Teaching research project presentations by graduate students in the Certificate in University Teaching program: Joanne Benham Rennick, "Encouraging Deep Learning by Teaching to Students' Primary Learning Styles", Jessica Huber, "Applying Self-Directed Learning Principles", Tuesday 1:00, Math and Computer room 5158. TRACE research projects

    Electronic grade submission demonstration 2:30, Arts Lecture Hall room 113.

    Germanic and Slavic lecture: Nicola Würffel, University of Giessen, Germany, "Learner Strategies and Problems in Web-Based Foreign Language Learning", Tuesday 3:30, Humanities room 373.

    Master of Business, Entrepreneurship and Technology information session Tuesday 4:00, Needles Hall room 1101.

    'Still We Ride' documentary about 2004 confrontation between police and bicyclists in New York, Tuesday 5:30, Davis Centre room 1304, sponsored by Waterloo Public Interest Research Group.

    Kerr-Saltsman Lecture on International Affairs: Robert Fisk, The Independent, "The Great War for Civilization", Tuesday 7:00, Federation Hall.

    Operation Wallacea scientific conservation expeditions, information session Wednesday 3:00, Needles Hall room 3004, about opportunities for students to be involved in biodiversity monitoring, as well as faculty research possibilities.

    'Nahanni Forever': presentation about the Nahanni River wilderness, Northwest Territories, sponsored by Royal Canadian Geographical Society and Canadian Parks and Wilderness Society, Wednesday 7:30, Theatre of the Arts, admission free.

    Staff association craft sale Thursday and Friday, Davis Centre room 1301.

    "The circumstance precipitating UW's establishment in 1957 was the space race and critical unmet need for engineers," Chakma writes on the first page of the report. "Half a century later a very different circumstance, global competition, is informing how UW needs to direct its energies."

    The plan is officially for the "Sixth Decade", beginning when UW marks its 50th birthday in July 2007 and continuing through 2017. "By 2017," the provost writes, "UW will aim to become internationally recognized," and it will have "two international campuses with focused activities abroad . . . physical presence in select key locations in Canada and abroad." Total full-time enrolment will hit 30,000, up from today's 24,000, the report says, with the increase coming entirely through a huge jump in graduate student enrolment.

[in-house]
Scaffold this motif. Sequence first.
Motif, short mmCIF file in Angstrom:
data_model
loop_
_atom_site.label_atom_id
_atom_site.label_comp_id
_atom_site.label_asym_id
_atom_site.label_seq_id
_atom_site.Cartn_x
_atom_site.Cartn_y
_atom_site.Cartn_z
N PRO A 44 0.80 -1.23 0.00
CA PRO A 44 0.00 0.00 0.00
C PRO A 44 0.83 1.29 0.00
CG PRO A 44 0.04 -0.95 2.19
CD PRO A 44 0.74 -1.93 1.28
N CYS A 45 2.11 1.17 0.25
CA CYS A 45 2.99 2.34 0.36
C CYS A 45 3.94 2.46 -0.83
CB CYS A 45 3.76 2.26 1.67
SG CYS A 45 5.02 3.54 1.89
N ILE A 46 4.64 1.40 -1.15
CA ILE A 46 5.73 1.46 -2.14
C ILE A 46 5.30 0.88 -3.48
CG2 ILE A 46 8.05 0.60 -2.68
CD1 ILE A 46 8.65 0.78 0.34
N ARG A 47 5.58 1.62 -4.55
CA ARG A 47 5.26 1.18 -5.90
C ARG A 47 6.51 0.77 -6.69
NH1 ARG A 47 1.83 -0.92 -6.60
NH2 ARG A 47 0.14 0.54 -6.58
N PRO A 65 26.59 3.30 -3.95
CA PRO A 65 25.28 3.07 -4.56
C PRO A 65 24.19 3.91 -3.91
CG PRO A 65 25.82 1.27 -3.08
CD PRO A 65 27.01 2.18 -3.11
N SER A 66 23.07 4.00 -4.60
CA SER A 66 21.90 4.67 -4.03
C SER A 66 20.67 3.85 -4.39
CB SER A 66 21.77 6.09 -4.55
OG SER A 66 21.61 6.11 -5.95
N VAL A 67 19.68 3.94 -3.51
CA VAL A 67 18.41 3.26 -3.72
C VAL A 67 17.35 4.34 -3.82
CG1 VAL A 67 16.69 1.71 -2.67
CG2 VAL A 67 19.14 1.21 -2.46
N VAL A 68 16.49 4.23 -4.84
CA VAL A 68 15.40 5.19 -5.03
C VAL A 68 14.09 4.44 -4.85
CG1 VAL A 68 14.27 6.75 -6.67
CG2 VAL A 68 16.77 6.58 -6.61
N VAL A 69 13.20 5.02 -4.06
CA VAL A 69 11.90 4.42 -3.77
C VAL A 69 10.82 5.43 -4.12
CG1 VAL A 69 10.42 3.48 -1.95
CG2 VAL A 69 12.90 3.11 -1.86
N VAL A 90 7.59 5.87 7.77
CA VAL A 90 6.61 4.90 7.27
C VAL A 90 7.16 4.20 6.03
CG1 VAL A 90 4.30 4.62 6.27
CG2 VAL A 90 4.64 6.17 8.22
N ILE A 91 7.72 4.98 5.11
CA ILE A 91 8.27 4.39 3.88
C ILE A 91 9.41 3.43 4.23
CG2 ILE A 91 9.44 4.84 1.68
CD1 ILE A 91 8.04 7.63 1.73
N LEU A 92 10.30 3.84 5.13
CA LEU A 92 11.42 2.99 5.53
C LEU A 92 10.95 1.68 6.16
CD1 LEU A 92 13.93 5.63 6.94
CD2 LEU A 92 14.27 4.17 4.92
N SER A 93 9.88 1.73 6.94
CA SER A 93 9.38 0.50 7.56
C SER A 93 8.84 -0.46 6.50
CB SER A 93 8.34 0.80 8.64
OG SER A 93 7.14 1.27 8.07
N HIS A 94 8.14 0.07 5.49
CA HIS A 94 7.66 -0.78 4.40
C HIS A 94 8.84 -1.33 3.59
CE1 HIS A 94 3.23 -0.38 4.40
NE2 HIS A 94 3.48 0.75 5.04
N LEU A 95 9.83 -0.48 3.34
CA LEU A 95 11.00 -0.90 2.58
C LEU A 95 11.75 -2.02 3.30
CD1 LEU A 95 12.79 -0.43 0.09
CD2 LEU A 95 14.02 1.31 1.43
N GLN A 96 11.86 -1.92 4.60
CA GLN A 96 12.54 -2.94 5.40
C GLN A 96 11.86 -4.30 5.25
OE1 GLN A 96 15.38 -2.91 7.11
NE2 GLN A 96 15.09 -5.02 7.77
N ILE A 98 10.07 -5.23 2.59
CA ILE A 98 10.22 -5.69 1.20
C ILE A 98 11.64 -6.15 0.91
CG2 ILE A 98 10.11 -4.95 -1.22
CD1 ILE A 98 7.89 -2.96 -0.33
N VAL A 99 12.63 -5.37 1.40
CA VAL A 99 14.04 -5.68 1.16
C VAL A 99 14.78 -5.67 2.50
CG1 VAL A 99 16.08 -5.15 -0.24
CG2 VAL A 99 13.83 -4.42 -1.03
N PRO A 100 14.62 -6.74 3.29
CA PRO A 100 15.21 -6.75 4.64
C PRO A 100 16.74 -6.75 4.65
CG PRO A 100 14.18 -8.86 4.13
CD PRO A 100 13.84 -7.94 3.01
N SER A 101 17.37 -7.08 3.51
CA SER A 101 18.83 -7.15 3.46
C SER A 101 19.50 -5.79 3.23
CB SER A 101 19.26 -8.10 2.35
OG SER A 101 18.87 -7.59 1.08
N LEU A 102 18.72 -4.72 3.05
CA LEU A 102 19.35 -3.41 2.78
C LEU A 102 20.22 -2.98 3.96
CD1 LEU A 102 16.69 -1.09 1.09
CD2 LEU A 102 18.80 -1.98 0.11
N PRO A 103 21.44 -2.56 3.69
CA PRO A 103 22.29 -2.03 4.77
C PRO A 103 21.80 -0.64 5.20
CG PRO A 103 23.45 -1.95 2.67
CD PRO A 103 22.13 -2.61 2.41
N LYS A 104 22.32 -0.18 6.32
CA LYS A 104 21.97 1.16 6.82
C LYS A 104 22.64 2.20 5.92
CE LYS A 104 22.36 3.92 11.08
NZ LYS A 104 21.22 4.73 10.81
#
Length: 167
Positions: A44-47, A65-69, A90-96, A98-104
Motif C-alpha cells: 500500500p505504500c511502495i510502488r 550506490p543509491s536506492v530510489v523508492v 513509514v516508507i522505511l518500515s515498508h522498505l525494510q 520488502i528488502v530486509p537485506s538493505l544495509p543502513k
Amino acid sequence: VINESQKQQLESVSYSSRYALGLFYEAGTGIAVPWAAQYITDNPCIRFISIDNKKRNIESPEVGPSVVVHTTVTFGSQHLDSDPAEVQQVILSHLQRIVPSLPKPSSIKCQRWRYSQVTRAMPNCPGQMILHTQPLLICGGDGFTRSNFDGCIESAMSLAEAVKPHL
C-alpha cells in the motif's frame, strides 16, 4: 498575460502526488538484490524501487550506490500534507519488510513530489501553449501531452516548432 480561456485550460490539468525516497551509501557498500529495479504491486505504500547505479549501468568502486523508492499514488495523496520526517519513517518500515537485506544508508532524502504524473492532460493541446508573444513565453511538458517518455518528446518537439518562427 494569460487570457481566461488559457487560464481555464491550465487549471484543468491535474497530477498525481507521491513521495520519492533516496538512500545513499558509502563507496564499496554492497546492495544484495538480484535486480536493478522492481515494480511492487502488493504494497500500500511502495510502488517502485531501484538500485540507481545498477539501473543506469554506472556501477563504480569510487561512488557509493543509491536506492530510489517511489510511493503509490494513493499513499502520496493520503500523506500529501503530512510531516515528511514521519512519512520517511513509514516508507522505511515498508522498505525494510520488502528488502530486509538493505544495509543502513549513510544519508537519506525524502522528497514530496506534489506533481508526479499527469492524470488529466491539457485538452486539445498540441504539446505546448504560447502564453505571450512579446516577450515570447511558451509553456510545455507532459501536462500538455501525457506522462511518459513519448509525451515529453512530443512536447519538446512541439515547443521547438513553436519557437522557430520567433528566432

Among other proposals and goals: "All undergraduate students will participate in a 'research' or equivalent 'inquiry based learning' project. . . . Increase research revenue to 50% of the operating budget from the current level of 30%. . . . Be in the top three in Canada in attracting first-year students with 90% plus grades. . . . By 2017, UW will offer a mix of experiential learning opportunities to all regular students. . . . A worldwide program to involve alumni in the recruitment of students and other UW activities. . . . Cumulative funds raised by Campaign Waterloo, by the end of the sixth decade, to exceed a billion dollars."

    The report says international students should make up 20 per cent of the undergraduate student population, and 30 per cent of graduate students. In the other direction, "at least 25% of UW undergraduate students will spend an academic or co-op work term abroad."

    Also on the agenda for tonight's senate meeting, which starts at 4:30 in Needles Hall room 3001, are reports from the University Appointments Review Committee and the Tenure and Promotion Advisory Committee; 2006-07 academic calendar dates, including the longstanding issue of whether the February reading break should be two days or a full week; reports from St. Paul's College and the university librarian.

    Other notes and announcements